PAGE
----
I have been involved with the Omega Institute—a nonprofit, mission-driven, and donor-supported educational organization—in many capacities over several years. Its reach has captured my heart and held my attention. For more than 40 years Omega has been a pioneer in holistic studies—helping people and organizations integrate personal growth and social change, moving beyond “the way it is” toward “the way it can be.” At various times during my association with Omega, I have served as its Chair and Development Director.
When Omega first moved to its current location, it was blessed with a fine facility that offered classrooms for teaching and residential opportunities for participants and staff to live on campus. The Omega store sold books, yoga materials, and clothing. The campus also provided a spacious and welcoming dining hall and a wellness center. What its new location did not offer, however, was a place reserved exclusively for meditation, prayer, and introspection. It was essential to create such a spiritual facility on campus that would be available to both participants and staff.
I was serving as board chair when Omega decided to build a sanctuary that would serve the need of participants and staff. We formed a leadership group devoted to the success of the project. For over two years, members of the leadership group regularly brought people on walks to the site where the Sanctuary would be built. We invited participants to join us in creating a circle that would be the perimeter of the site, and asked them to offer a silent prayer that the Sanctuary be built with the best of intentions, that it serve the need of all those who visit, and that it be a place of serenity for people to either be alone or gather with others.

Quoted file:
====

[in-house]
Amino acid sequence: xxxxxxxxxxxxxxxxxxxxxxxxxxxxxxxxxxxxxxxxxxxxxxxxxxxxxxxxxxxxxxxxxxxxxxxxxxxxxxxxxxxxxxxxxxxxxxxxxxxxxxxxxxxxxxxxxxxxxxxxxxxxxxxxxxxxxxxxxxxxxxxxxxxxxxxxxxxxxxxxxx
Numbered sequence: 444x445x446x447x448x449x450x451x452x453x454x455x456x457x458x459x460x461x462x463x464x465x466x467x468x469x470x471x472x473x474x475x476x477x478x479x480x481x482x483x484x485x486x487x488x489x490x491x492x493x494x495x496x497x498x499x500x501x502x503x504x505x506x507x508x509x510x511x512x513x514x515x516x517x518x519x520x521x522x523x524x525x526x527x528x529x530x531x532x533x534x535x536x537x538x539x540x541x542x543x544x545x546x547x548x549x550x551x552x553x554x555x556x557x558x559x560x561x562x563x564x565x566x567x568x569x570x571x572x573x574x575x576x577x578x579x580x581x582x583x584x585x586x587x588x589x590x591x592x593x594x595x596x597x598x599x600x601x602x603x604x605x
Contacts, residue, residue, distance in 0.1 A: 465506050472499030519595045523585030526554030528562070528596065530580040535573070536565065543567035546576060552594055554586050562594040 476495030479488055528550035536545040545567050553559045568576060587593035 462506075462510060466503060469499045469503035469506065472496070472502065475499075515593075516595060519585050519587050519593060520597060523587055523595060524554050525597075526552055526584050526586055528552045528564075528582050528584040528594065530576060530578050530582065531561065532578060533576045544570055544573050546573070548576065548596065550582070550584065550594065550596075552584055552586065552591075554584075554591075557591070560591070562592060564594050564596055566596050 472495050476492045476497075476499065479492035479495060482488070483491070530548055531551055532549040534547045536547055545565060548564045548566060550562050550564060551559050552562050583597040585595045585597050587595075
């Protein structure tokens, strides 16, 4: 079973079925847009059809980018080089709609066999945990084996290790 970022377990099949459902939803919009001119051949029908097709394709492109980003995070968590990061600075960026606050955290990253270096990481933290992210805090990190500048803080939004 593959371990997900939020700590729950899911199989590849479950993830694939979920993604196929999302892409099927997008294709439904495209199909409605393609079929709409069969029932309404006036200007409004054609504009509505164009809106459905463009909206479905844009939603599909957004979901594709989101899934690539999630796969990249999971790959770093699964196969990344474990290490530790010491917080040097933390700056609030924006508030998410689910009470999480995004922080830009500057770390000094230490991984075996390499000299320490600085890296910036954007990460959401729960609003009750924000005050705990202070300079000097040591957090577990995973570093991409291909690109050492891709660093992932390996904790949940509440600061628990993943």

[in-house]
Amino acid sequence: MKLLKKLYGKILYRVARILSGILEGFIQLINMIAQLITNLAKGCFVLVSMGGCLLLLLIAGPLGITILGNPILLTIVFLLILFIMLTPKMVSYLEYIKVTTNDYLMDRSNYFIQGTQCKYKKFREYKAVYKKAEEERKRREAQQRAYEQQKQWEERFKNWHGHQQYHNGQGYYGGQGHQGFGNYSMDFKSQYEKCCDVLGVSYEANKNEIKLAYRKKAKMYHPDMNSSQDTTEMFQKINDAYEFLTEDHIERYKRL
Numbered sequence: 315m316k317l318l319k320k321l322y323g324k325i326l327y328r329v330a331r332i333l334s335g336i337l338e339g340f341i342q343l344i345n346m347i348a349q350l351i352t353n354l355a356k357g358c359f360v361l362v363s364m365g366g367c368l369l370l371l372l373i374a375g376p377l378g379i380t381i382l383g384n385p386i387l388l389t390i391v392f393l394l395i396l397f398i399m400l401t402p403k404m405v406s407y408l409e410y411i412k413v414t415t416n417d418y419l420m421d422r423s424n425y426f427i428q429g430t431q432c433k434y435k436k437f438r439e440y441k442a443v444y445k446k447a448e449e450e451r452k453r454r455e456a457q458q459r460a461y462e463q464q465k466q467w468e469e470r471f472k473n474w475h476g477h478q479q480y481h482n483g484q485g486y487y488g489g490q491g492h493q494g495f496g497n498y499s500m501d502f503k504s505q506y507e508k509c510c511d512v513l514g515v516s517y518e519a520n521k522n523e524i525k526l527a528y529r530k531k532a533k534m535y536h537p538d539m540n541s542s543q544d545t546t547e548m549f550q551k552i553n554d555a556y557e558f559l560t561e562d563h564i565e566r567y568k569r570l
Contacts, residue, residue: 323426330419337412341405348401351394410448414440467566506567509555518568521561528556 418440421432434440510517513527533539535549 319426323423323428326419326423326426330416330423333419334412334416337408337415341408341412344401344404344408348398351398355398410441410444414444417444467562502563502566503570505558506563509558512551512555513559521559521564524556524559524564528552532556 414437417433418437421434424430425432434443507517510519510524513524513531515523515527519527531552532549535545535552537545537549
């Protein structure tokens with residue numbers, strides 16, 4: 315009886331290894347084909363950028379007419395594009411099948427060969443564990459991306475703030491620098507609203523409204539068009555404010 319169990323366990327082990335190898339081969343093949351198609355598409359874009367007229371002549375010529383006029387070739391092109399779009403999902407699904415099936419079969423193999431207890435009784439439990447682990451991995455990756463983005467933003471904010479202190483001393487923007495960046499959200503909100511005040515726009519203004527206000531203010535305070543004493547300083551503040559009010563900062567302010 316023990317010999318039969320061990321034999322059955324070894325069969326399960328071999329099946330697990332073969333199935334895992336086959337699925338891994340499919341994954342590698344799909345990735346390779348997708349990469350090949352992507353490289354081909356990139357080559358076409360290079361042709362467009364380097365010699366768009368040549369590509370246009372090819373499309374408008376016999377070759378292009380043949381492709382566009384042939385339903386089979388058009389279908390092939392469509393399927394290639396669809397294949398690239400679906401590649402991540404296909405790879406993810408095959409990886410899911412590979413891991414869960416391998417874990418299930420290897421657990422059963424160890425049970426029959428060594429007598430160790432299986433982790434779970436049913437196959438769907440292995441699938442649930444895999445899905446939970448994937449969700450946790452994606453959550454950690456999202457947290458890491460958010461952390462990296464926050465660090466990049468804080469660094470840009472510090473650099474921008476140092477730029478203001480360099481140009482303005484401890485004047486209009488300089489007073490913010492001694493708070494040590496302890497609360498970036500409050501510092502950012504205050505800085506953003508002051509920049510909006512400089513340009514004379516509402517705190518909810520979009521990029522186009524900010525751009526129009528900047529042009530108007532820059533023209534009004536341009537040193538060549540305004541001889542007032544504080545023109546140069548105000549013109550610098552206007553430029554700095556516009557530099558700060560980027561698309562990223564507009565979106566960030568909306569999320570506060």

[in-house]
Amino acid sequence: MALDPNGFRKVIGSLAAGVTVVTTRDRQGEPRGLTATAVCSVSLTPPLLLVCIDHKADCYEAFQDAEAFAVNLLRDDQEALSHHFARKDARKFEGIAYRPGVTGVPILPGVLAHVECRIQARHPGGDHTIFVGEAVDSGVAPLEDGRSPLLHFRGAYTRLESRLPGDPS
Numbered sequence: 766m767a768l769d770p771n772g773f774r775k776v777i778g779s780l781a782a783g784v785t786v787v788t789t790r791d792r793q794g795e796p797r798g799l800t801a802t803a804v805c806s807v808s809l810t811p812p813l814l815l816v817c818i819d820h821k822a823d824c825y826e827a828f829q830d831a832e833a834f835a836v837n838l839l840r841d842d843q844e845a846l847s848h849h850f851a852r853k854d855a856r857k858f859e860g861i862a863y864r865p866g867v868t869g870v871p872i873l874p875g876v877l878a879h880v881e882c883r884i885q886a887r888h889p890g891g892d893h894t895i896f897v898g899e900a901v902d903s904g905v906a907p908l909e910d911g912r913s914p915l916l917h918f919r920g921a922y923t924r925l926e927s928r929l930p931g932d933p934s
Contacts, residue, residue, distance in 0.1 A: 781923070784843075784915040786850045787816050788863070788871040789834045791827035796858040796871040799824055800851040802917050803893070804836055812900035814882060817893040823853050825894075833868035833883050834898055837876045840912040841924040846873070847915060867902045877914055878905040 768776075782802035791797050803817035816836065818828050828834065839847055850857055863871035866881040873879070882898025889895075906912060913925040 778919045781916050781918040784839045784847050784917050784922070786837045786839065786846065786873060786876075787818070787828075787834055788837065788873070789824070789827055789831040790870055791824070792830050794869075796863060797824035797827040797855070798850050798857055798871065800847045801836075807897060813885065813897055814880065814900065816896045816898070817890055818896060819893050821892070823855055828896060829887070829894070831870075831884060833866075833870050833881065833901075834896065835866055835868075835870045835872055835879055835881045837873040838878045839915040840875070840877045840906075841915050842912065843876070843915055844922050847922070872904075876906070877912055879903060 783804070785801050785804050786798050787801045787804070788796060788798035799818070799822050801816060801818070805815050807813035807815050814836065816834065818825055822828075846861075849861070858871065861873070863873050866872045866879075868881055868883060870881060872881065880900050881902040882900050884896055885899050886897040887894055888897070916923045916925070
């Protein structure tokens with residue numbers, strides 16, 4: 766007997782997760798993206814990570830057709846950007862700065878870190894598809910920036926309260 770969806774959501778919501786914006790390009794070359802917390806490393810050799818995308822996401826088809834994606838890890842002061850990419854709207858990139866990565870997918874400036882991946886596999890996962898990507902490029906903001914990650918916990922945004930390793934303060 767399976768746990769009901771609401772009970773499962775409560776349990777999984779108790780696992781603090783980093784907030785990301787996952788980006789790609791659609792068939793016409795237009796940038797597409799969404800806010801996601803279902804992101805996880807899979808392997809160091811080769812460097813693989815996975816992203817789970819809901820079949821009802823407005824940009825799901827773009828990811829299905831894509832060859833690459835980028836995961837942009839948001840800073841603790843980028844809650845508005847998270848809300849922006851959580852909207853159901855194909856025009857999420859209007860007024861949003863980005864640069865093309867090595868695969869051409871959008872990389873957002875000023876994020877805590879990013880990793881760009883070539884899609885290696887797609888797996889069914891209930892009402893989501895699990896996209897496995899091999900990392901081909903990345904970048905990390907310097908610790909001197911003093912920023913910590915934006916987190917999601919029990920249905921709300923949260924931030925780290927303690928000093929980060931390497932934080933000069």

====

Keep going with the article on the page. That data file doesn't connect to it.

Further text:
There is an expression that life is lived forward but understood backward. The notion of imbuing the site with prayers was part of the attention that was paid to all aspects of the Sanctuary’s development. Omega’s goal was to introduce the concept of sanctuary to as many of its participants as possible. Their questions informed our answers. We learned a great deal from each visit. What we hadn’t anticipated was that the power of prayer would linger in the land, would be enveloped within the building structure, and would be manifest when you entered the Sanctuary to meditate.
We have since built many other facilities on campus—a retreat house for teachers who exchange dharma talks for retreat time, a library which now houses some 10,000 books that is named in honor of Ram Dass, one of the early and stalwart supporters of Omega. Next came the Omega Center for Sustainable Living, an environmental center that is ecologically among the best in the world, but nothing prepared Omega to experience the benevolent power that emanated from the land on which the Sanctuary is located. The hundreds of walks taken and the thousands of prayers offered had become a permanent part of the Sanctuary site.
When the Sanctuary officially opened, Omega held a private ceremony attended by the more than 200 people who helped in its development. We gave everybody a small slip of paper and asked them to write a note, wish, or prayer associated with the Sanctuary. The heart of the Sanctuary consists of an interior stone wall that runs along two of the Sanctuary’s sides. We had not yet attached the final stone – and the space it offered became the repository for all those slips of paper. Once the written wishes were put into the available space, the final stone sealed the prayers in place forever.
The Sanctuary can be accessed in two ways. The shorter path involves a steep climb up slate steps to the entrance of the building. The second path involves a more circuitous route from the base of the campus to the formal entrance, where you remove your shoes before entering.